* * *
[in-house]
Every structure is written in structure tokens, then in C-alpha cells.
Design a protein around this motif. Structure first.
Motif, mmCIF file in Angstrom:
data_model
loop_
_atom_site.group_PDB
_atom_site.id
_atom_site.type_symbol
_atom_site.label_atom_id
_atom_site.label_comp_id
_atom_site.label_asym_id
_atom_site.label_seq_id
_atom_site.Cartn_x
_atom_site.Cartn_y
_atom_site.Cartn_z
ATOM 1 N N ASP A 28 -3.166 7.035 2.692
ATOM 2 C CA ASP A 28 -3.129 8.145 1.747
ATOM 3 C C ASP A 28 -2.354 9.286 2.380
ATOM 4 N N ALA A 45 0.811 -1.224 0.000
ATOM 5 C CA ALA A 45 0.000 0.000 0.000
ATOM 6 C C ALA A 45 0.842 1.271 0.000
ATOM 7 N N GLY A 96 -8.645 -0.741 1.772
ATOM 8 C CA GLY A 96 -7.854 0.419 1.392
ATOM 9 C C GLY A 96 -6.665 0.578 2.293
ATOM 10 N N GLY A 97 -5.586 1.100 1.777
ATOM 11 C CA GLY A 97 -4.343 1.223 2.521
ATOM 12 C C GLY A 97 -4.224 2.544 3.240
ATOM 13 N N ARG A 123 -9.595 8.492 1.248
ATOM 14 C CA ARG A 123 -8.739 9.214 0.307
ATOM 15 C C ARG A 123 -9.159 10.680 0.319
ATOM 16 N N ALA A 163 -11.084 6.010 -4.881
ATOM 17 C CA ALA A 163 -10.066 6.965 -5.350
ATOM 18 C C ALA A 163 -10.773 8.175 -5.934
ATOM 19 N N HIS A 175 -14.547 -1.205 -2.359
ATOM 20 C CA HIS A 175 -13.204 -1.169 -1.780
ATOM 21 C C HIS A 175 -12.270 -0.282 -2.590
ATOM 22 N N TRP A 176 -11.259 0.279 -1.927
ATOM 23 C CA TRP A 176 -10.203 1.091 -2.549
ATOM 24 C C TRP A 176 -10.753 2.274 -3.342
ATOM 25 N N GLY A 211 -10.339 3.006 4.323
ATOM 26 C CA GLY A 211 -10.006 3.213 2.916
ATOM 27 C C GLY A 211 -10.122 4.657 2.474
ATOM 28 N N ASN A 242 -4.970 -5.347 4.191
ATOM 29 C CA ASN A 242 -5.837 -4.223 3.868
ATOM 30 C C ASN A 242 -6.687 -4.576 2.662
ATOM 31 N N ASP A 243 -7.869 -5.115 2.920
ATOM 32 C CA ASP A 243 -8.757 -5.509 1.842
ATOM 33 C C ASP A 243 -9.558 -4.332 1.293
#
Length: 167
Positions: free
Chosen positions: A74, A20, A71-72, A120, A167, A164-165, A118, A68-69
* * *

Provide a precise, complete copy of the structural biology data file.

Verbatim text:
[in-house]
Every structure is written in structure tokens, then in C-alpha cells.
Design a protein around this motif. Structure first.
Motif, mmCIF file in Angstrom:
data_model
loop_
_atom_site.group_PDB
_atom_site.id
_atom_site.type_symbol
_atom_site.label_atom_id
_atom_site.label_comp_id
_atom_site.label_asym_id
_atom_site.label_seq_id
_atom_site.Cartn_x
_atom_site.Cartn_y
_atom_site.Cartn_z
ATOM 1 N N ASP A 28 -3.166 7.035 2.692
ATOM 2 C CA ASP A 28 -3.129 8.145 1.747
ATOM 3 C C ASP A 28 -2.354 9.286 2.380
ATOM 4 N N ALA A 45 0.811 -1.224 0.000
ATOM 5 C CA ALA A 45 0.000 0.000 0.000
ATOM 6 C C ALA A 45 0.842 1.271 0.000
ATOM 7 N N GLY A 96 -8.645 -0.741 1.772
ATOM 8 C CA GLY A 96 -7.854 0.419 1.392
ATOM 9 C C GLY A 96 -6.665 0.578 2.293
ATOM 10 N N GLY A 97 -5.586 1.100 1.777
ATOM 11 C CA GLY A 97 -4.343 1.223 2.521
ATOM 12 C C GLY A 97 -4.224 2.544 3.240
ATOM 13 N N ARG A 123 -9.595 8.492 1.248
ATOM 14 C CA ARG A 123 -8.739 9.214 0.307
ATOM 15 C C ARG A 123 -9.159 10.680 0.319
ATOM 16 N N ALA A 163 -11.084 6.010 -4.881
ATOM 17 C CA ALA A 163 -10.066 6.965 -5.350
ATOM 18 C C ALA A 163 -10.773 8.175 -5.934
ATOM 19 N N HIS A 175 -14.547 -1.205 -2.359
ATOM 20 C CA HIS A 175 -13.204 -1.169 -1.780
ATOM 21 C C HIS A 175 -12.270 -0.282 -2.590
ATOM 22 N N TRP A 176 -11.259 0.279 -1.927
ATOM 23 C CA TRP A 176 -10.203 1.091 -2.549
ATOM 24 C C TRP A 176 -10.753 2.274 -3.342
ATOM 25 N N GLY A 211 -10.339 3.006 4.323
ATOM 26 C CA GLY A 211 -10.006 3.213 2.916
ATOM 27 C C GLY A 211 -10.122 4.657 2.474
ATOM 28 N N ASN A 242 -4.970 -5.347 4.191
ATOM 29 C CA ASN A 242 -5.837 -4.223 3.868
ATOM 30 C C ASN A 242 -6.687 -4.576 2.662
ATOM 31 N N ASP A 243 -7.869 -5.115 2.920
ATOM 32 C CA ASP A 243 -8.757 -5.509 1.842
ATOM 33 C C ASP A 243 -9.558 -4.332 1.293
#
Length: 167
Positions: free
Chosen positions: A74, A20, A71-72, A120, A167, A164-165, A118, A68-69